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Artist's Widow Submits on Estate Division

Song Meiying, widow of the deceased Chinese artist and entrepreneur Chen Yifei, has lodged her proposal to the court on how to divide her husband's estate, after asking for legal intervention in the distribution last week.

Attorneys for both sides said the key point of the case right now is how to accurately determine the amount of the estate to distribute.

Song's proposal, filed on Monday, asks that Chen's estate be divided into two portions one based on the period before Chen married Song in 2000, and another afterward. The section of the estate that existed before they married should be equally distributed among Chen Lin (Chen's eldest son), his ex-wife Zhang Zhi, Chen Tian (Chen and Song's son) and Song herself.

Song proposed that half of the estate that existed after they married should be hers, while the other half should be split among all three heirs.

The estate involves Chen's properties, paintings and corporate shares.

The court will announce whether it will accept the case by next Monday.

"Actually, Song's current request for the division is in accordance with the law and always remained our principle in the previous negotiations with Chen Lin on the division," said Tao Wuping, Song's attorney.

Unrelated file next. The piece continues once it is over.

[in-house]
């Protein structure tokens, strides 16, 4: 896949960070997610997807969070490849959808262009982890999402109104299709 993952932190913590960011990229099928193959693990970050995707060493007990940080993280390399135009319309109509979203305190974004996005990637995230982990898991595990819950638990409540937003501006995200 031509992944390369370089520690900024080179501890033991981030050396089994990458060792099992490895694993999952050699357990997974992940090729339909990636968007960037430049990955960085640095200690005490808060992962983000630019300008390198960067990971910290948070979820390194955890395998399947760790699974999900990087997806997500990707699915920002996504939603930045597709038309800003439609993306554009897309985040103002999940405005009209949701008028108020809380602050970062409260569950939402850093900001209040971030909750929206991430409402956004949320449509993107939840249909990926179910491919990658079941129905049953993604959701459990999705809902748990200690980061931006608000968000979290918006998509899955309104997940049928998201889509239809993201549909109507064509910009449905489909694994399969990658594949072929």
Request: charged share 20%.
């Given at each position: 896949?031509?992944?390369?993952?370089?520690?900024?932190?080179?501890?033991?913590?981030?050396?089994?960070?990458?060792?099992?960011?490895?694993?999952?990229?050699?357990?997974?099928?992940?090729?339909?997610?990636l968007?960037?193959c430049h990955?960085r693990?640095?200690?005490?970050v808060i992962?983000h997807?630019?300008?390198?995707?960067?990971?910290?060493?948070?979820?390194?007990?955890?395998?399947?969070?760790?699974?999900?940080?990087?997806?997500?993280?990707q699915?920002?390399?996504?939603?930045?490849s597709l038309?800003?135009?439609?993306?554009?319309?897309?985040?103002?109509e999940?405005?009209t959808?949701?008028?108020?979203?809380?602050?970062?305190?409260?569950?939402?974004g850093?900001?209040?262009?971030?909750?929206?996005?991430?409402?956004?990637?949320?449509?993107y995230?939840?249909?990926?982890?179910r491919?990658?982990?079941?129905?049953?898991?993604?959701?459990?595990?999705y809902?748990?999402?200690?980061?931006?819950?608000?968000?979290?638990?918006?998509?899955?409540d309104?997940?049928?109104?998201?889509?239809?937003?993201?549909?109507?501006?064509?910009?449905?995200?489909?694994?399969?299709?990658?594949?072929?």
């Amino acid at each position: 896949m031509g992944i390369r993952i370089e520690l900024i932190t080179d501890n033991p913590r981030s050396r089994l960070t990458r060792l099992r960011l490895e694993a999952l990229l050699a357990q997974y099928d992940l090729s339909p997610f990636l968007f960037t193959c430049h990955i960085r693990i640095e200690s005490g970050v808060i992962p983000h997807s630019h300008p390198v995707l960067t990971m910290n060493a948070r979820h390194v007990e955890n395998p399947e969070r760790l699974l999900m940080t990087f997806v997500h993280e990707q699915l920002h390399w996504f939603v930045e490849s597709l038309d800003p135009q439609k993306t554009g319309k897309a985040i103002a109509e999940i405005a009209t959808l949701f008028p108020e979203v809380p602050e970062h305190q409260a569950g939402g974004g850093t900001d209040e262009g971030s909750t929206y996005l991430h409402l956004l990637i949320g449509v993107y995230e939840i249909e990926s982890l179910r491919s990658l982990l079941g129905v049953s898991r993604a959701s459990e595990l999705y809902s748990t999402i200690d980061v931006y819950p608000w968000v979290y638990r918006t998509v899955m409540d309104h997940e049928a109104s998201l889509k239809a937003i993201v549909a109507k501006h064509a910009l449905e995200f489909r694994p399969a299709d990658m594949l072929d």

Li Xiaolong, Chen Lin's lawyer, agreed. "But the negotiations between Song and Chen Lin before Song's suit mainly focused on the calculation and evaluation of Chen's estate but not on the distribution," he said.

Since Chen Yifei died in Shanghai on April 10, leaving no will, the division of his estate has been in the spotlight.

After Song and Chen Lin reached an oral agreement on the distribution in July, Chen Lin informed attorneys that he would seek 50 per cent of his father's estate instead of 22.5 per cent agreed to orally.

He said his share should also include the money Chen promised to give his ex-wife Zhang when they divorced in 1990, which amounts to US$2 million.

In her original lawsuit, Song revealed that Chen's fortune in China totaled up to 43 million yuan (US$5.3 million). She also claimed that she is not clear about the value of Chen's estate overseas.

(China Daily November 17, 2005)

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